400-level Medicine & Surgery
Lagos State University
Good day, Sir. Thank you for taking out time from your busy schedule to grant this interview. First, we would like to know you. Please tell us a bit about yourself.
My name is Douglas-Iyalla Pepple. I am from Rivers State. I attended medical school at the University of Calabar but had a first degree in Human Anatomy at the University of Port Harcourt. I am currently a General Practitioner in the UK with the NHS, and I am married to a doctor with a two-and-a-half-year-old son.
What was studying medicine in Nigeria like for you?
I went to two universities; for my 1st degree, I went through the university but the university didn’t go through me, probably because I was uninterested in the course of study. I eventually got into medical school which was the best part of my life. Medical school was a smooth ride for me with no experience of failure because I was more mature and had a good understanding of anatomy, physiology and biochemistry from my first degree. I was class president for three years through the clinical classes where I managed to build sustainable friendships with my mates and rapport with my lecturers. I got contributions from my classmates to get airtime for organising lectures as well as to fuel the school buses for postings; this was quite interesting but challenging.
I did my Masters in Reproductive Medicine, Science and Ethics at the University of Kent, Canterbury. Studying in the UK was a huge cultural shock for me, a direct opposite of Nigeria, from the library facilities to how you relate with lecturers and how they delivered their lectures. Everyone gives you the attention you need to pass your exams; if you’re struggling, there’s always an advisory/support officer assigned to help you improve your grades and offer psychological support. As a resident doctor in the UK, the Royal College and your deanery have financial provisions to sponsor your training courses through your study leave budget and all support towards your professional exams. All these are geared towards assisting you to become a consultant or GP in record time. The Nigerian education system needs restructuring and reformation in terms of adequate funding and improvement of students/lecturers relationship.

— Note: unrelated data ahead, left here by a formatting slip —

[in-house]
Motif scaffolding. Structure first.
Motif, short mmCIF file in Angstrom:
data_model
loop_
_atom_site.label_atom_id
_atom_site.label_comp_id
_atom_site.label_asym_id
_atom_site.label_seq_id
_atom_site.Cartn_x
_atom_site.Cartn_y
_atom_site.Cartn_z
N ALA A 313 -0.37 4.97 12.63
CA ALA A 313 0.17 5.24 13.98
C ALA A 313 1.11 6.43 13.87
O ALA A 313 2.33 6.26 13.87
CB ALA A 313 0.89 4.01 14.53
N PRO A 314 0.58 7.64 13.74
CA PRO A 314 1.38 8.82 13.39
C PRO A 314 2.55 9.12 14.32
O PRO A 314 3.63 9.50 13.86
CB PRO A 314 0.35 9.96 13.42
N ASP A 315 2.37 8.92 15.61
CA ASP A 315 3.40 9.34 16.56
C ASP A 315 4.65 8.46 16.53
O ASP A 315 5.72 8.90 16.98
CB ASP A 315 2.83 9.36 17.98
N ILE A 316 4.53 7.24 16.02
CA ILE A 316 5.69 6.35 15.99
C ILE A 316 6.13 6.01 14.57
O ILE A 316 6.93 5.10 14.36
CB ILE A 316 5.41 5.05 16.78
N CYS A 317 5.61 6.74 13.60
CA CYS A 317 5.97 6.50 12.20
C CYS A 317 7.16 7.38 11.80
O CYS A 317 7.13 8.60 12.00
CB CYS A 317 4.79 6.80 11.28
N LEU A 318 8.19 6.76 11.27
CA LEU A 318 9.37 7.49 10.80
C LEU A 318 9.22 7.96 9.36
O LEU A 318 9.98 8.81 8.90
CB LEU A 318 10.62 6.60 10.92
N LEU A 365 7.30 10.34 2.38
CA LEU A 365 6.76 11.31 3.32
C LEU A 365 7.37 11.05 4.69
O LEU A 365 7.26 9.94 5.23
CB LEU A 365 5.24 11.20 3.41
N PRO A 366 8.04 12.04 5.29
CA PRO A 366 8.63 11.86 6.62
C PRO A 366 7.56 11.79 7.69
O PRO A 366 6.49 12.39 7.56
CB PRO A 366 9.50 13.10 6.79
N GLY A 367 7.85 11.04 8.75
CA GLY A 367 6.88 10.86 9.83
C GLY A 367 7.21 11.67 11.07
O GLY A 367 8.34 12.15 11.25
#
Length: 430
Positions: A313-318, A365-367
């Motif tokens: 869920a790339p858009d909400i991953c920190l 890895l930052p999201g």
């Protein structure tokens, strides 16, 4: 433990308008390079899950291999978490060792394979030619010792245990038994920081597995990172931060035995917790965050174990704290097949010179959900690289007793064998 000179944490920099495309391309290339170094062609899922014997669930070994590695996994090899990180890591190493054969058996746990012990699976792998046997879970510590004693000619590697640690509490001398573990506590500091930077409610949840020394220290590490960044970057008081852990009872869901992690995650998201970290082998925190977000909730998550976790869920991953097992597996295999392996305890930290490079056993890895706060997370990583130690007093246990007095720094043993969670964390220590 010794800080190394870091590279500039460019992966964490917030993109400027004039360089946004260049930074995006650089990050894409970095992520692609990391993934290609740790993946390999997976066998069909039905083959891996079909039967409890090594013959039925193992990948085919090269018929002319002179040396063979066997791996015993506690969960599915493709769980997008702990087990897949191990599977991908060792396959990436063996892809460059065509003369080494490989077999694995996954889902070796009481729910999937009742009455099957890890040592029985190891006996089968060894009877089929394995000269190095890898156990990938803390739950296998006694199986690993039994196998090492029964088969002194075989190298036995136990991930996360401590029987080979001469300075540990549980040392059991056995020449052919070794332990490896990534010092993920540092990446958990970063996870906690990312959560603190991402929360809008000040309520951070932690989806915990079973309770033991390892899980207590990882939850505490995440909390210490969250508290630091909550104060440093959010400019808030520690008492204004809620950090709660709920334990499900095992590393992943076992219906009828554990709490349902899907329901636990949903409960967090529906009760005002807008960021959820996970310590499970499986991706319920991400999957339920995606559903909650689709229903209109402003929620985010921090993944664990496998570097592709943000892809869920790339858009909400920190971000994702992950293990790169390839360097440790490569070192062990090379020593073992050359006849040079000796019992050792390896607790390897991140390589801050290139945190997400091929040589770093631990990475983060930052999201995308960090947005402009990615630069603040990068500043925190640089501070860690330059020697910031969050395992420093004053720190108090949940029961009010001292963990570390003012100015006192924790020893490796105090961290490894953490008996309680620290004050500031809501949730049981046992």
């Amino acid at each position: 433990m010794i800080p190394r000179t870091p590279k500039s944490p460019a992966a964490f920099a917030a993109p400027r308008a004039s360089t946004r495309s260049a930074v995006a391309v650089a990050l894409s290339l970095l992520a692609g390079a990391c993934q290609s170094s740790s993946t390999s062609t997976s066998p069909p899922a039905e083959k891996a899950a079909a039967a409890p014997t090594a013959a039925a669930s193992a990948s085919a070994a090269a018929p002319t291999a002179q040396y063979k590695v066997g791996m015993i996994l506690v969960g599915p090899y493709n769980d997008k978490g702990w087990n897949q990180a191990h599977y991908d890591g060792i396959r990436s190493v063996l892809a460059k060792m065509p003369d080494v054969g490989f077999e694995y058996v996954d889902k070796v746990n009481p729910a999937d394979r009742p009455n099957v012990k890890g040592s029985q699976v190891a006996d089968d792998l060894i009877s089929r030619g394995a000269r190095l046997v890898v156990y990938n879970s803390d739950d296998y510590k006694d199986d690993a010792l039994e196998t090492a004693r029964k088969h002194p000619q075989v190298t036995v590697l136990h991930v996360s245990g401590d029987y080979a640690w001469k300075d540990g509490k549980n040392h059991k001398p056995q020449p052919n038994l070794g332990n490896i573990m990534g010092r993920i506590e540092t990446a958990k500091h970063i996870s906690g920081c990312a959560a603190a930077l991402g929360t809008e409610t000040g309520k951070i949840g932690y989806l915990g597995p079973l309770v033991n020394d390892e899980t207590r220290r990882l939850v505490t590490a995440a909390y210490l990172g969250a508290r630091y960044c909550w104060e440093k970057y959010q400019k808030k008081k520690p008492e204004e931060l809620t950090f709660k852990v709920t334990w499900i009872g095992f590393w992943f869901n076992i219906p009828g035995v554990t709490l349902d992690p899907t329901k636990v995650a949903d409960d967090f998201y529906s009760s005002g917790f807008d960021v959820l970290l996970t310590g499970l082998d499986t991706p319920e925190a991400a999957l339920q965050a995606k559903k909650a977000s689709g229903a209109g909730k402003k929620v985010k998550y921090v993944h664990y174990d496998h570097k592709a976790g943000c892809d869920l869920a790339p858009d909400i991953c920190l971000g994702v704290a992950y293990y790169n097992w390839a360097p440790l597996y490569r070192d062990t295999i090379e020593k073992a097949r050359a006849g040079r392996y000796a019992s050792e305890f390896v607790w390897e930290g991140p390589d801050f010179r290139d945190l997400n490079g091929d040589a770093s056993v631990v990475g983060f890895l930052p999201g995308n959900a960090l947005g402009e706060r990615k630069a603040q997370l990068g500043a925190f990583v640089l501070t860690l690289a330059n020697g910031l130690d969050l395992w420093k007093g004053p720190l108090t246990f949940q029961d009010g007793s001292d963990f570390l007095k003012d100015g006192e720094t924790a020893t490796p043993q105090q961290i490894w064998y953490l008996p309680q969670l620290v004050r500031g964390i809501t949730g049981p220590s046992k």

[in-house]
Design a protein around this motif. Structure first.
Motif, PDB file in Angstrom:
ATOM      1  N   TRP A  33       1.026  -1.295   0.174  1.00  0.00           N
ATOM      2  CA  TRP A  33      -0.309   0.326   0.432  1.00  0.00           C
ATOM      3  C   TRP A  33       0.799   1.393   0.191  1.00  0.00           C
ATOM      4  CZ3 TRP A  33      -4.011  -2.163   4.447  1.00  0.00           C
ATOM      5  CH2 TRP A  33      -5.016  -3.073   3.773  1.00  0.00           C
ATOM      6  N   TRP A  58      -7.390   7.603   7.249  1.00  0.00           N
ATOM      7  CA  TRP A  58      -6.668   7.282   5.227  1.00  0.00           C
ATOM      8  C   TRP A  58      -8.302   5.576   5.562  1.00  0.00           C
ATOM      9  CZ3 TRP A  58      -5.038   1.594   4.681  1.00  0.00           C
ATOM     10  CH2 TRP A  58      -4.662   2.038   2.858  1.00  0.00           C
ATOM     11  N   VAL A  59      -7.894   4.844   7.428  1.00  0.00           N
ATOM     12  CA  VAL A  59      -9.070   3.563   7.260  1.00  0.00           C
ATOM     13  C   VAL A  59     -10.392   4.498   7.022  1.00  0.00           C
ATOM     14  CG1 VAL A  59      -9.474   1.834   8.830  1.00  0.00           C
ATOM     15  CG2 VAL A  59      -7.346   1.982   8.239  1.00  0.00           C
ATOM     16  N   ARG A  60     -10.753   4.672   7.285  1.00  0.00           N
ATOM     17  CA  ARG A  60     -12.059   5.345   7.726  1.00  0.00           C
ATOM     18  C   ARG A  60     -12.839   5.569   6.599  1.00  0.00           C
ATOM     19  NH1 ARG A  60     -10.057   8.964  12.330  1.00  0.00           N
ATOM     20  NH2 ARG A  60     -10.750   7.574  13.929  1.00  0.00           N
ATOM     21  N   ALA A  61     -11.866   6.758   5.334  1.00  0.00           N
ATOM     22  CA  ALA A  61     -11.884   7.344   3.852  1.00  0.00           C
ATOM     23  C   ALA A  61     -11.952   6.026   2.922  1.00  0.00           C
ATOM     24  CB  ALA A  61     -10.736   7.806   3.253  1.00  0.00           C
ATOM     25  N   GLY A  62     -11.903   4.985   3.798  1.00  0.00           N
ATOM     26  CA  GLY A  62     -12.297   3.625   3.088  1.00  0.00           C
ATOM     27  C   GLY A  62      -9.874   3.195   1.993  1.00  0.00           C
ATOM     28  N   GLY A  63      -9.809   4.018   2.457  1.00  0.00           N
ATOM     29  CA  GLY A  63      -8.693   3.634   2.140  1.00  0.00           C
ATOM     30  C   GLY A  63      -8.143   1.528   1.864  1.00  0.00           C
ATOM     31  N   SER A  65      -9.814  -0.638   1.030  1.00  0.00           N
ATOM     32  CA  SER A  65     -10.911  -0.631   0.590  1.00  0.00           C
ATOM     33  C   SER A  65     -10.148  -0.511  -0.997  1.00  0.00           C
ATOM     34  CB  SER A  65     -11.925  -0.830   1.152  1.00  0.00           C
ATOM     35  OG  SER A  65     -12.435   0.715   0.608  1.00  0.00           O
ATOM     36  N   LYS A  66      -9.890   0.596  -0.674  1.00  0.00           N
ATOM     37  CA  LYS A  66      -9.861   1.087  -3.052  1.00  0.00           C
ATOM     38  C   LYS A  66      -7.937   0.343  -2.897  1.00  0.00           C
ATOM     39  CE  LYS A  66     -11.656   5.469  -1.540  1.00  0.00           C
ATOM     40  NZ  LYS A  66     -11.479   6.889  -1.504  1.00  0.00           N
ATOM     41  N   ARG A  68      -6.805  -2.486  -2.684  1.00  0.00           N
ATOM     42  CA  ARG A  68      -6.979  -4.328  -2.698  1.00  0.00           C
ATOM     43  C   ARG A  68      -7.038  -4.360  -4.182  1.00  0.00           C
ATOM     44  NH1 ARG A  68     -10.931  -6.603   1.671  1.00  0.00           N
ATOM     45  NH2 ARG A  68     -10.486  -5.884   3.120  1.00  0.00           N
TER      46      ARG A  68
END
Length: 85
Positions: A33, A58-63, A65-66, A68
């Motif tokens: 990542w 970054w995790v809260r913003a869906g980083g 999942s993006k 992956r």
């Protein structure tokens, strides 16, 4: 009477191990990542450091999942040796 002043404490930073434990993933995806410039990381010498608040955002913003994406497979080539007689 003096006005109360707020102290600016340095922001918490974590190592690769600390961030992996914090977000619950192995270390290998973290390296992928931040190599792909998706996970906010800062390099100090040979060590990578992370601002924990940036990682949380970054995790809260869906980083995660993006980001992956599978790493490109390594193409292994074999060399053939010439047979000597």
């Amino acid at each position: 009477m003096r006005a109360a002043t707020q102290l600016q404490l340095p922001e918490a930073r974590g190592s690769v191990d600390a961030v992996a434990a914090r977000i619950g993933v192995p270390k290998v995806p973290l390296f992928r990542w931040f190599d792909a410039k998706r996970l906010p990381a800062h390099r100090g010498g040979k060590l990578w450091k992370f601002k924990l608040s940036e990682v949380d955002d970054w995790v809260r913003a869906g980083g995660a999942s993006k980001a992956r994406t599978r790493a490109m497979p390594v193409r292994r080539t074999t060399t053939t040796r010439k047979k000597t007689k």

Wow. So, contrary to what the Minister for Health said, even the exams are paid for aside from your salary? More reasons for me to leave (laughs). When and why did you leave Nigeria?
I left seven (7) years ago in 2014. It had always been my plan from the beginning to study and practice abroad. So, after my house job in Port Harcourt, I proceeded to the UK for my Masters during which I sat and passed the PLAB exams, got my GMC UK license to practice and subsequently secured a job to work as a Senior House Officer.
I am one of those who still believe in the Nigerian project. I believe in acquiring knowledge, developing skills and returning to make an impact in our dear country.
Can you walk us through what it entails to work as a doctor in the UK?
I talked about a similar topic in one of my YouTube episodes. Working as a doctor in the UK is similar to working in Nigeria; the main challenge is communication (not language) and the shift from a strict environment to a liberal one.
Communication entails how you pass information in a British-friendly lingo to get your patients and colleagues on board with you. For instance, when a patient here says he has been sick from yesterday, it means he has been vomiting not that he has been feeling unwell. Learning the work ethics, culture and traditions of the UK will help you to integrate well. The relationship between junior doctors and consultants here is cordial and you find that your opinion truly counts; there is no unhealthy rivalry and unnecessary superiority.